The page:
Review: The Art of The Hobbit by J. R. R. Tolkien

The Art of The Hobbit by J. R. R. Tolkien by Wayne G. Hammond and Christina Scull

hammondartofthehobbitbyjrrt

Of my various stupid human tricks (lactose intolerance, short hamstrings, that thing where I can bend my thumb behind my hand…), I’m usually most fond of my browsing sense. An urge to get up and go browse somewhere usually means that there’s gold in them there hills (hills being, of course, thrift stores, libraries, and, occasionally, curbs), and I often return with, say, a copy of The Cake Doctor or a Wonder Woman t-shirt from my adventures. Such an urge gripped me while at the library for the Jessica Hagy event, and, afterwards, I meandered upstairs to find a copy of The Art of The Hobbit by J. R. R. Tolkien, one of my long-shot books to read, just lying there in the new books. Oh yeah.

The Art of the Hobbit by J. R. R. Tolkien is a lush art book that collects and examines the various illustrations Tolkien created while writing and preparing the manuscript of The Hobbit for publication. Each illustration is given a chapter, usually with several images to show the evolution from sketch to final product printed in the first few UK and American editions. These illustrations include Hobbiton, Rivendell, Beorn’s home, Laketown, and, of course, the great dragon Smaug.

In On Writing, Stephen King compares writing to a magnificent form of telepathy. If I write the words, say, a Conan O’Brien-headed rubber duck (it’s the closest thing on my desk), you have now visualized said waterfowl. But, of course, you haven’t pictured it exactly as he is in reality—I have told you nothing of his serene, wise gaze. Such room for interpretation is the art of adaptation. Now make that duck an idea in someone’s head instead of a physical object, and try and put the exact same image on the page so I might take it in as well. That’s the art of writing, but there’s also the avenue of actual art to communicate your vision. I’m speaking specifically of images here, not narrative. (I don’t know if The Lord of the Rings would be as effective as a graphic novel, which is probably why no one’s attempted it yet.) So it’s a thrill to see art by Tolkien’s own hand visualizing the rich world of Middle-Earth as, more or less, he saw.

I say more or less because Tolkien is not, say, Donato Giancola, one of my favorite Tolkien artists. As the introduction outlines, Tolkien was a self-taught artist: the love of landscapes that informed the clear geography of Middle-Earth is clear in his work. But his ability to draw people was quite limited. As someone whose interest in Tolkien was sparked by Peter Jackson’s The Lord of the Rings film trilogy, it’s hard to reconcile the dwarves I’ve come to love with the cartoonish little figures briefly glimpsed here and there in illustrations like “The Back Door”, which depicts the dwarves exploring the Lonely Mountain’s secret gate. Of course, all of these illustrations predate The Lord of the Rings and its loftier tone, as well as the revisions that make The Hobbit clearly linked to the larger novel. But it’s hard to tell where Tolkien’s talent expires and where his understanding of his own work at these moments in time deviate from one another.

Tolkien’s real talent lies in rendering the architecture and landscape of Middle-Earth, so it’s in sketches that focus on these that you see, wonderfully, Middle-Earth as Tolkien specifically visualized it. I was particularly struck by the process sketches for Beorn’s house, which Hammond and Scull believe are based on an illustration by one of Tolkien’s friends. It’s such a clear space, but seeing the ways Tolkien changed the view of the piece and sketched out grids so the angles would all line up lets you construct the same hall he did. It’s a marvelous and thrilling threat. His landscapes bear, to me, a resemblance to the works of Aubrey Beardsley (whom I adore). The necessity of working in limited color, due to printing costs, force him to delineate geographical features by line work, recalling Beardsley’s own intricate lines. It’s these monochromatic illustrations that grab me and root me in Tolkien’s world—a little wild, a little mythical, and a little practical. You can see this in Tolkien’s cover art for the first edition of the book. Seeing it displayed as it would have been back in the day (when books were a little broader) just made me smile.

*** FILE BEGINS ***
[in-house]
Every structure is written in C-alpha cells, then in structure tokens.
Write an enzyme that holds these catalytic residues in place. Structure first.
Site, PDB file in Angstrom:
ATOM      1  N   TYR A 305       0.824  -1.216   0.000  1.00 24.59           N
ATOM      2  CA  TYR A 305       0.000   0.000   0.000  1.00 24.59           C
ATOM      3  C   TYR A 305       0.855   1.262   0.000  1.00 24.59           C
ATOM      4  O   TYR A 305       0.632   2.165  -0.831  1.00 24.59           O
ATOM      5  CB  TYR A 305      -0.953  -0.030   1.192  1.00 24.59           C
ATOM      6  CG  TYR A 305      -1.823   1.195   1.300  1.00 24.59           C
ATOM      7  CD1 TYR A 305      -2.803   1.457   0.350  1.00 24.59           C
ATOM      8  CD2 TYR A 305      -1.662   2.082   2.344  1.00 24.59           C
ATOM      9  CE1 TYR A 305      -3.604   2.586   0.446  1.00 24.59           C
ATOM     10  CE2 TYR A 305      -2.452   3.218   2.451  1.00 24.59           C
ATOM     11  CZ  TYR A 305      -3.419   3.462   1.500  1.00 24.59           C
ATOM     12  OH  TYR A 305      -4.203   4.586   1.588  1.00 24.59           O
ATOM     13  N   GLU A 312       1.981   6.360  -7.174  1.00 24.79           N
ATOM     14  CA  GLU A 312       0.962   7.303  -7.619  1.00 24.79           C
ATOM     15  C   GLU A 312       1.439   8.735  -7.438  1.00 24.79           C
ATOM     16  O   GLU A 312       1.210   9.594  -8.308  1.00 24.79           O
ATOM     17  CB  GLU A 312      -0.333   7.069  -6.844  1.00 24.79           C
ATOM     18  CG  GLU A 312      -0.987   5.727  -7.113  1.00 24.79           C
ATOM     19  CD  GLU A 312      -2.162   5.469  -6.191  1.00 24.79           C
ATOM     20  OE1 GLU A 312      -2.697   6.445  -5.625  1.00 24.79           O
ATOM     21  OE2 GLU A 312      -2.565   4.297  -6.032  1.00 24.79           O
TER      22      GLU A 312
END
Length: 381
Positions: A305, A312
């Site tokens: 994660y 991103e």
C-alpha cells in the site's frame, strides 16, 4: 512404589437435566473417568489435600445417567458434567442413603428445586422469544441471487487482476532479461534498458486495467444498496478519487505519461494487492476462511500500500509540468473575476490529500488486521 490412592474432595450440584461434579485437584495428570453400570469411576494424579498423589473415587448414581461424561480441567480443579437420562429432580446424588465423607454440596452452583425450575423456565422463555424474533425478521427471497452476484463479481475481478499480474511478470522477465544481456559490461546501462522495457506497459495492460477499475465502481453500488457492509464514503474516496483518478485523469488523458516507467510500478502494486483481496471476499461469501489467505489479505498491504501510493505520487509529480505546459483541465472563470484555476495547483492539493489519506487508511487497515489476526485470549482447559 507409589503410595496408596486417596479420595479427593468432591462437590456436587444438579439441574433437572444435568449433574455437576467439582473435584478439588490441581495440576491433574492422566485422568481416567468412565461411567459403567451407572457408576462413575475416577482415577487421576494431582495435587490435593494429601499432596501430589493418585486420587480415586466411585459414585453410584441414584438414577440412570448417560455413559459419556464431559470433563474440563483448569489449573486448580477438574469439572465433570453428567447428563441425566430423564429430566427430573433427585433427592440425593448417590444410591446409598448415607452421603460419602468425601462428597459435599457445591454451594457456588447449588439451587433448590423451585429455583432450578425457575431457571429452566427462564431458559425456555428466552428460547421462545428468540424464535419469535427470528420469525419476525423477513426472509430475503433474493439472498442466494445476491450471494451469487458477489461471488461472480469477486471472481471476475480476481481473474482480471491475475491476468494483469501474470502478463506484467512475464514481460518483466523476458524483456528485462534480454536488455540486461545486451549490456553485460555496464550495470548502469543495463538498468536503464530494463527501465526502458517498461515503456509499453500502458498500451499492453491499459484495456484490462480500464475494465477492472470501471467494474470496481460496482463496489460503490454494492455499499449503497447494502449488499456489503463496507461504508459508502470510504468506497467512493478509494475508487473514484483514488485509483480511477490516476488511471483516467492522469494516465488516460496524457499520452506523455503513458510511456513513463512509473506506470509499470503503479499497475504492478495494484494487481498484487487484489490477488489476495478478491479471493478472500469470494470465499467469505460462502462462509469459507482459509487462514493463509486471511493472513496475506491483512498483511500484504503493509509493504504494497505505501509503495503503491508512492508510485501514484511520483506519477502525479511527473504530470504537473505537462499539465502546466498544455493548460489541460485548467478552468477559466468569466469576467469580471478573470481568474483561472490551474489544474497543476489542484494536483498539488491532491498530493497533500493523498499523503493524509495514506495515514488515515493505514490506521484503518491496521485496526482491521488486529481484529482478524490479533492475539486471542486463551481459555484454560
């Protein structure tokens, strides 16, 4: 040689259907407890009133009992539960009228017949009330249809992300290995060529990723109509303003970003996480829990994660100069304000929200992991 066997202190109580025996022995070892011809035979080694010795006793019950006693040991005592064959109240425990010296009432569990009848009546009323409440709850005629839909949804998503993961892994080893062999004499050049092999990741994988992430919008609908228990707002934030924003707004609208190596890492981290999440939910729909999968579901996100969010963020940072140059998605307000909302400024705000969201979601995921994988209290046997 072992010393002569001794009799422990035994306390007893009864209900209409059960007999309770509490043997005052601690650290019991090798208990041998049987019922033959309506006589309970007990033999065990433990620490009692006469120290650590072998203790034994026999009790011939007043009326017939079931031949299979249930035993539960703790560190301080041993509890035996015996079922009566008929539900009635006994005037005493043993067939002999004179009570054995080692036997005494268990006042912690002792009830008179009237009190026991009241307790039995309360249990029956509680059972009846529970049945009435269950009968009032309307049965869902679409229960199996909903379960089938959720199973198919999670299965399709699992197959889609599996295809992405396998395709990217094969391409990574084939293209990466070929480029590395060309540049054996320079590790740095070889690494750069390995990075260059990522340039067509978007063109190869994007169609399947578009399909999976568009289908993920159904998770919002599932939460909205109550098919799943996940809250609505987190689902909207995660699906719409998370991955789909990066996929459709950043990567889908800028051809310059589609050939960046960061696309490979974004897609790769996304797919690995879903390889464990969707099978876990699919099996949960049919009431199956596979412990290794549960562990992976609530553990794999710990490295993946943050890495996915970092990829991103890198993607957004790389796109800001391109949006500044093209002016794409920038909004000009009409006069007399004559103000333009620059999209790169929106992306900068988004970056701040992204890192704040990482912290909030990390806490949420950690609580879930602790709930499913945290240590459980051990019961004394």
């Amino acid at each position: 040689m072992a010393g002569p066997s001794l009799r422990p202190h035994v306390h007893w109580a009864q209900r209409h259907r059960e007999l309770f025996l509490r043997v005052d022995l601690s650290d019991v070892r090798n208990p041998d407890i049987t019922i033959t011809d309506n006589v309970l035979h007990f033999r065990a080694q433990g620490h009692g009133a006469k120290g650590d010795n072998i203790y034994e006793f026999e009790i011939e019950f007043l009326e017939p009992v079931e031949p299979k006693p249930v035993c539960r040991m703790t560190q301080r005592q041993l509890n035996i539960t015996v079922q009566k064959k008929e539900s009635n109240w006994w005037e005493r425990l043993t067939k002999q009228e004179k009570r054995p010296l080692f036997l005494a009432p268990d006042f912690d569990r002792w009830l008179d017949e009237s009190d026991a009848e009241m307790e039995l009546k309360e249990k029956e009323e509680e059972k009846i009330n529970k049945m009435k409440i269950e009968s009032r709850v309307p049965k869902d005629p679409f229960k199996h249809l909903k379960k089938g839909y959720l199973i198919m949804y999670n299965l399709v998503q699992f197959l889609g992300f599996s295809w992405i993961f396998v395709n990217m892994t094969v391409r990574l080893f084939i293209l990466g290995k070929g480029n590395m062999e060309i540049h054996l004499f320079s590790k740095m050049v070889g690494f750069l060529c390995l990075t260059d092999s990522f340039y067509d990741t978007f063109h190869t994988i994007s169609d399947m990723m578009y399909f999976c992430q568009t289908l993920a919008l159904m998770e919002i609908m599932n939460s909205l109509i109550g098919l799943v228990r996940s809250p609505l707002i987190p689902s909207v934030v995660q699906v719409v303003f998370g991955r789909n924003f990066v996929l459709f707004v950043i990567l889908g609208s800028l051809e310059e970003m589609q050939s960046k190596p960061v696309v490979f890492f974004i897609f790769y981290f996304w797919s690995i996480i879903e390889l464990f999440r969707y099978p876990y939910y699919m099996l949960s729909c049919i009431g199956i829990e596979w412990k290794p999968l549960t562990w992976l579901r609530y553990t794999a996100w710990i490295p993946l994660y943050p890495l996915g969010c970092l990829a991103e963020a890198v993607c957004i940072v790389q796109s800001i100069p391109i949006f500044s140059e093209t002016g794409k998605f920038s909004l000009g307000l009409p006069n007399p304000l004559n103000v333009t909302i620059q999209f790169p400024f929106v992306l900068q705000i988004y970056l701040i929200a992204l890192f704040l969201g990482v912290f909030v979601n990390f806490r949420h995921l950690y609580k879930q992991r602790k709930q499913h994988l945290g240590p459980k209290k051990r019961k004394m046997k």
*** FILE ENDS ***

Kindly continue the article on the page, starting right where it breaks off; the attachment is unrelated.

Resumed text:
Of course, seeing how these are Tolkien’s own papers, there’s some wonderful artifacts of the man himself—on one page, we find evidence of him practicing his calligraphy (I cannot make out his handwriting worth a damn) and testing out paints. We even find him writing “Fangorn Forest” underneath an already repurposed illustration of Mirkwood, just in case he needs it for the next go around. Like I said, Middle-Earth is mythical, but it’s also practical.

As a book unto itself, I wasn’t particularly happy with the layout of it. It’s a glorious coffee table book, with several unnecessary fold-outs, but the text itself feels a little cramped. Plus, each section usually refers to images that are pages behind or pages ahead, making it a little difficult to take in the art and the words at the same time. I would have vastly preferred captioned images. The text is informative but not much more than that; this is an art book, first and foremost, and one that only diehard Ringers will love. Luckily, that’s exactly me.

Bottom line: An art book that only diehard Ringers will adore; good thing I’m one of them! An interesting look into how Tolkien visualized Middle-Earth, although the layout leaves something to be desired.

I rented this book from the public library.

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